December 18th, 2013 by schoolbound
(This post was originally published on September 11, 2013 but with the new semester looming it is good to revisit)
Cha-CHING!!!! Tired of shelling out hundreds of dollars on text books each semester? Books are right up there under tuition on the most expensive parts of attending college list. But do they have to be? Try these tips to save money on college textbooks. Go through each option for each book you need and weigh them all… you may find yourself saving hundreds of dollars this semester!
First make sure you have the textbook’s ISBN number. Always use this number when searching for a book. Searching by title or author’s name can lead to confusion with multiple versions and latest publishing, and could potentially result in the purchase of incorrect material needed for your classes.
- Use a Student Advantage Discount Card. The Student Advantage Discount Card is the nation’s most widely accepted student discount program. Cardholders get discounts at thousands of locations nationwide and online. So not only can you save money on your textbooks, but you can also save money with popular businesses, likes Foot Locker, AMC, Amtrak, Greyhound, Target.com and more. The Card costs $20 a year, so you need to make sure the price is worth it in regards to your spending habits. Most likely, you will recoup that $20 the first few times you use the card allowing you to save money on the rest of your purchases throughout the school year.
- Compare prices. Your campus bookstore isn’t your only option for purchasing textbooks. Many online vendors, such as half.com, Bookbyte.com, amazon.com, and phatcampus.com, offer textbooks 50-90% cheaper than many campus bookstores. To find the best deal available, check out textbook price-comparison engines like cheapesttextbooks.com and bookspy.net. Textbooks.com actually guarantees cash back on some textbooks when you return them at the end of the semester and pays the shipping both ways! Shopping at local community bookstores will also save you money on shipping.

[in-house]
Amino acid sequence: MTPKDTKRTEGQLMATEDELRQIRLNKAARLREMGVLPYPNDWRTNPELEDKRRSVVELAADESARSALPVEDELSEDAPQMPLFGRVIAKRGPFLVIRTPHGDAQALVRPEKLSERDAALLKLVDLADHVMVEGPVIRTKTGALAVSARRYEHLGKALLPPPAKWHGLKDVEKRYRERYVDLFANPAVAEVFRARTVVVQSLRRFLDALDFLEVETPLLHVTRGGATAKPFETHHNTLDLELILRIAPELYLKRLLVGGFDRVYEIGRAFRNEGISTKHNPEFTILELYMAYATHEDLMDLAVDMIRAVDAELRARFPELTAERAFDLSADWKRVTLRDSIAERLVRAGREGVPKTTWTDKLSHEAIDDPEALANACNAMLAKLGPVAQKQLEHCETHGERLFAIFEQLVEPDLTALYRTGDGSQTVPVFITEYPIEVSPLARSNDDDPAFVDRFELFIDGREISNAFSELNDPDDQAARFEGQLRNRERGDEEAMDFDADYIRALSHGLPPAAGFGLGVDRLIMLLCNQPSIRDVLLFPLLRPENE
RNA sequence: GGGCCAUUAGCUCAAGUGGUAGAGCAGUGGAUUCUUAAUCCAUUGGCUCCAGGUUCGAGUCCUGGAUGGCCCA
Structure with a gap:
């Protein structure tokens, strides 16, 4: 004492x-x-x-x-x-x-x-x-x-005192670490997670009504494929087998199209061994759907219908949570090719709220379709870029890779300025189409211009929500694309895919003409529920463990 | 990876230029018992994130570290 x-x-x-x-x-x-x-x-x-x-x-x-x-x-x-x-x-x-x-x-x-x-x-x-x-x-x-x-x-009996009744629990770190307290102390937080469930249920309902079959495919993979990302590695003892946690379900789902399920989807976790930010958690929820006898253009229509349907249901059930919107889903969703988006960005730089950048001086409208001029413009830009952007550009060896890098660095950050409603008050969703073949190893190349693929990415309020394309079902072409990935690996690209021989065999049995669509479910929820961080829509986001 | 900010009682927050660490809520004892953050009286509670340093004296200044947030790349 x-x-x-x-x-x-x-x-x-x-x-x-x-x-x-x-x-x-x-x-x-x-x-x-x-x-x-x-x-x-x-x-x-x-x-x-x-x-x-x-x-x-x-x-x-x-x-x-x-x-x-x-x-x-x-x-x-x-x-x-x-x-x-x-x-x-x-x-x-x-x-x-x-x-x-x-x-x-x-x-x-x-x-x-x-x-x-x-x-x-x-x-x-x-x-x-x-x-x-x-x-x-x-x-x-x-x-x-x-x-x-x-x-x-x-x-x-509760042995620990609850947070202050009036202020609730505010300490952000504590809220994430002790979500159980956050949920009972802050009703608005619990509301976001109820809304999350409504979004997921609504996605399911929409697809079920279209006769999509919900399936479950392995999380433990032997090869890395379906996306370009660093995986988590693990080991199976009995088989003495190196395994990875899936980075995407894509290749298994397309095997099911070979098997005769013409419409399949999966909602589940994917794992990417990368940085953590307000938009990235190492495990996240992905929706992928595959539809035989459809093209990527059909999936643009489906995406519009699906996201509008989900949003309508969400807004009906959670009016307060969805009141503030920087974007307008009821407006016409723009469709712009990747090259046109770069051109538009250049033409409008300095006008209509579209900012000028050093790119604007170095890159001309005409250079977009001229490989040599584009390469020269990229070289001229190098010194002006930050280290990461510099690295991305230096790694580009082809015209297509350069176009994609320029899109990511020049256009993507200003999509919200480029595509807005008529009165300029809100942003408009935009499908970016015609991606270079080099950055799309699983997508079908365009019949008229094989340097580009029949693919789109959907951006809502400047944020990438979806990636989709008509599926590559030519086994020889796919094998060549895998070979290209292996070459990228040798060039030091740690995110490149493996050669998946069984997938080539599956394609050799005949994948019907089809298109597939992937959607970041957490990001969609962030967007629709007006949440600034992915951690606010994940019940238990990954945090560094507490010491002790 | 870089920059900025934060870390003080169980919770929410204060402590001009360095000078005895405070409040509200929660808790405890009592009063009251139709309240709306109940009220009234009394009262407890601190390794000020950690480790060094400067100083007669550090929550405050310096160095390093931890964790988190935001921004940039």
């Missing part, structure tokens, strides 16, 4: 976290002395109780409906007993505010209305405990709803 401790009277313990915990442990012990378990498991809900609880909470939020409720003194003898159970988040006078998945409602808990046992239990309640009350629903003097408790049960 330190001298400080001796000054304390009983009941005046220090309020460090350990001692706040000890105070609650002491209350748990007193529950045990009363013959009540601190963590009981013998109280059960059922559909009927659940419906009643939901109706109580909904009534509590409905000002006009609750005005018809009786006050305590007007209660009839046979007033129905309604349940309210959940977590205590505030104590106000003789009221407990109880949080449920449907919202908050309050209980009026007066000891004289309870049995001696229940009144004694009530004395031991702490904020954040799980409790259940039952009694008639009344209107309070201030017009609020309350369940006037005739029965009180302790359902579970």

- Buy used. Save a tree AND your money by purchasing used textbooks. Used copies are always cheaper than new editions. For some classes, new books come out every semester, making it difficult to buy used. In these cases, speak with your professor to see if an older edition of the book will suffice. Professors know how expensive books can be, so some can be pretty flexible regarding textbooks. Most of the textbook content changes are usually minor anyway, especially from one semester to the following semester.
- Rent. Using a textbook rental service, you could pay as little as a third of a book’s price to borrow it for a semester. Check out sites such as chegg.com, textbooks.com, and campusbookrentals.com to rent books. Renting a book is a great alternative to buying if you worry that the resale value of the book you need will be low or nonexistent. Just remember to keep the rented book in good condition, or you could be charged the full purchase price.
- Go digital. Electronic books can sometimes cost as much as 60% less than print versions. Check with your campus bookstore to see if they offer eBooks or research sites that sell subscriptions to eBooks such as coursesmart.com and ebooks.com.
- Share with a friend. Got a friend that is taking one or more of the same classes as you? Go in together on the cost of the books and set up a schedule on how to share the books. Split the resale earnings at the end of the semester.
- Trade. Dealing with other students is almost always cheaper and easier then dealing with bookstores. Check around campus with other students in your major to see if they would be interested in swapping books after each semester. You can also check out StudentBookTrades.com to trade, sell, or buy college textbooks from other students. The process is easy:
- Use the campus library. Sometimes college libraries will have copies of textbooks on reserve. Find out if your needed book or books are on reserve and start doing your textbook assignments and readings in the library. Not only will you get to use the book for free, but you will have a quiet atmosphere to study. The challenge with this method is that you may not always have the book available when you need it.
- Pay nothing. It’s actually legal to download textbooks for free. Yep, legal and FREE. Check out textbookrevolution.org and textbooksfree.org for free textbook downloads. Other sites like projectgutenberg.com offer free eBook downloads for older, out-of-copyright texts. Most of these free eBook sites don’t offer a huge selection, but it’s definitely worth a look to see if a needed textbook is available.
- Register for a free account.
- List the current textbooks you currently own for sale or trade.
- Add the textbooks you need for your next course in the wish list.
- Automatically match with other students so you can trade textbooks.
- Negotiate trade terms or payment with the matched student.
By spending a little bit of time researching other options you just may be able to save yourself hundreds of dollars each semester. Totally worth it!